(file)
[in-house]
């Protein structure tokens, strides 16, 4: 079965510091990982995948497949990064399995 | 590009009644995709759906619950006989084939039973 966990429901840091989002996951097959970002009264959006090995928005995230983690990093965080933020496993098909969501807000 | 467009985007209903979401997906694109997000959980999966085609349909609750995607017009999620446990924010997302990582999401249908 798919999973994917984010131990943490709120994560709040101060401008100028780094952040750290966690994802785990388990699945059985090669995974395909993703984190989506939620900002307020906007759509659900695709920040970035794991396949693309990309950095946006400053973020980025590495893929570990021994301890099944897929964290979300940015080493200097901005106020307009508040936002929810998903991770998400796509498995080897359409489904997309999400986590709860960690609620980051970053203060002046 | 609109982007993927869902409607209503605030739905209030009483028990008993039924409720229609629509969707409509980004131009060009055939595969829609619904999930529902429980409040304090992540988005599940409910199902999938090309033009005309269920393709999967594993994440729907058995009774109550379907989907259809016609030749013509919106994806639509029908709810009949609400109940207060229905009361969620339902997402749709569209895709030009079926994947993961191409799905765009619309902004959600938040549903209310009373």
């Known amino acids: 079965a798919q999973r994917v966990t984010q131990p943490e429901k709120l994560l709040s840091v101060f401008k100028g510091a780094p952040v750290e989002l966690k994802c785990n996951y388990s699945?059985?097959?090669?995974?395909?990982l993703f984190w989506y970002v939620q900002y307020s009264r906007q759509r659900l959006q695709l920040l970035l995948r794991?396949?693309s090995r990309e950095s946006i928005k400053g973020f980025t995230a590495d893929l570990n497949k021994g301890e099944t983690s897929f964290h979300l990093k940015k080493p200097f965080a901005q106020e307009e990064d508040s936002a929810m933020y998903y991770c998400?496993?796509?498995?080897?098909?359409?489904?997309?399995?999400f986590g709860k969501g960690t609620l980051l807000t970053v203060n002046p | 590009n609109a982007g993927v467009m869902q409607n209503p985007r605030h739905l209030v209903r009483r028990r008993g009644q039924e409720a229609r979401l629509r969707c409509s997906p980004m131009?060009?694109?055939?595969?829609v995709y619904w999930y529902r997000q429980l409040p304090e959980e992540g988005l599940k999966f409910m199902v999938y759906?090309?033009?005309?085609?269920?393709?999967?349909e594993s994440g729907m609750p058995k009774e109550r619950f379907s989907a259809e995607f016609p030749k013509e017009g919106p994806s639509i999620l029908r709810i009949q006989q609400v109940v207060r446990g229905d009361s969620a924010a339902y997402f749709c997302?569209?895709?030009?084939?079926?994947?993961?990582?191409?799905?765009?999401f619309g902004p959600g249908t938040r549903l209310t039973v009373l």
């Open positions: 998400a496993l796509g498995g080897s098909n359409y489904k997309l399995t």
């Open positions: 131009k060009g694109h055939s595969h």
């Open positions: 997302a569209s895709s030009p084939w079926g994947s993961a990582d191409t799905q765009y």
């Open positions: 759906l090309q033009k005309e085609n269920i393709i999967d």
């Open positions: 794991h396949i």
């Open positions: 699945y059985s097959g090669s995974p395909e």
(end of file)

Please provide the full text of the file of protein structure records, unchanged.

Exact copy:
[in-house]
């Protein structure tokens, strides 16, 4: 079965510091990982995948497949990064399995 | 590009009644995709759906619950006989084939039973 966990429901840091989002996951097959970002009264959006090995928005995230983690990093965080933020496993098909969501807000 | 467009985007209903979401997906694109997000959980999966085609349909609750995607017009999620446990924010997302990582999401249908 798919999973994917984010131990943490709120994560709040101060401008100028780094952040750290966690994802785990388990699945059985090669995974395909993703984190989506939620900002307020906007759509659900695709920040970035794991396949693309990309950095946006400053973020980025590495893929570990021994301890099944897929964290979300940015080493200097901005106020307009508040936002929810998903991770998400796509498995080897359409489904997309999400986590709860960690609620980051970053203060002046 | 609109982007993927869902409607209503605030739905209030009483028990008993039924409720229609629509969707409509980004131009060009055939595969829609619904999930529902429980409040304090992540988005599940409910199902999938090309033009005309269920393709999967594993994440729907058995009774109550379907989907259809016609030749013509919106994806639509029908709810009949609400109940207060229905009361969620339902997402749709569209895709030009079926994947993961191409799905765009619309902004959600938040549903209310009373």
């Known amino acids: 079965a798919q999973r994917v966990t984010q131990p943490e429901k709120l994560l709040s840091v101060f401008k100028g510091a780094p952040v750290e989002l966690k994802c785990n996951y388990s699945?059985?097959?090669?995974?395909?990982l993703f984190w989506y970002v939620q900002y307020s009264r906007q759509r659900l959006q695709l920040l970035l995948r794991?396949?693309s090995r990309e950095s946006i928005k400053g973020f980025t995230a590495d893929l570990n497949k021994g301890e099944t983690s897929f964290h979300l990093k940015k080493p200097f965080a901005q106020e307009e990064d508040s936002a929810m933020y998903y991770c998400?496993?796509?498995?080897?098909?359409?489904?997309?399995?999400f986590g709860k969501g960690t609620l980051l807000t970053v203060n002046p | 590009n609109a982007g993927v467009m869902q409607n209503p985007r605030h739905l209030v209903r009483r028990r008993g009644q039924e409720a229609r979401l629509r969707c409509s997906p980004m131009?060009?694109?055939?595969?829609v995709y619904w999930y529902r997000q429980l409040p304090e959980e992540g988005l599940k999966f409910m199902v999938y759906?090309?033009?005309?085609?269920?393709?999967?349909e594993s994440g729907m609750p058995k009774e109550r619950f379907s989907a259809e995607f016609p030749k013509e017009g919106p994806s639509i999620l029908r709810i009949q006989q609400v109940v207060r446990g229905d009361s969620a924010a339902y997402f749709c997302?569209?895709?030009?084939?079926?994947?993961?990582?191409?799905?765009?999401f619309g902004p959600g249908t938040r549903l209310t039973v009373l």
């Open positions: 998400a496993l796509g498995g080897s098909n359409y489904k997309l399995t």
């Open positions: 131009k060009g694109h055939s595969h």
């Open positions: 997302a569209s895709s030009p084939w079926g994947s993961a990582d191409t799905q765009y």
């Open positions: 759906l090309q033009k005309e085609n269920i393709i999967d």
């Open positions: 794991h396949i």
């Open positions: 699945y059985s097959g090669s995974p395909e």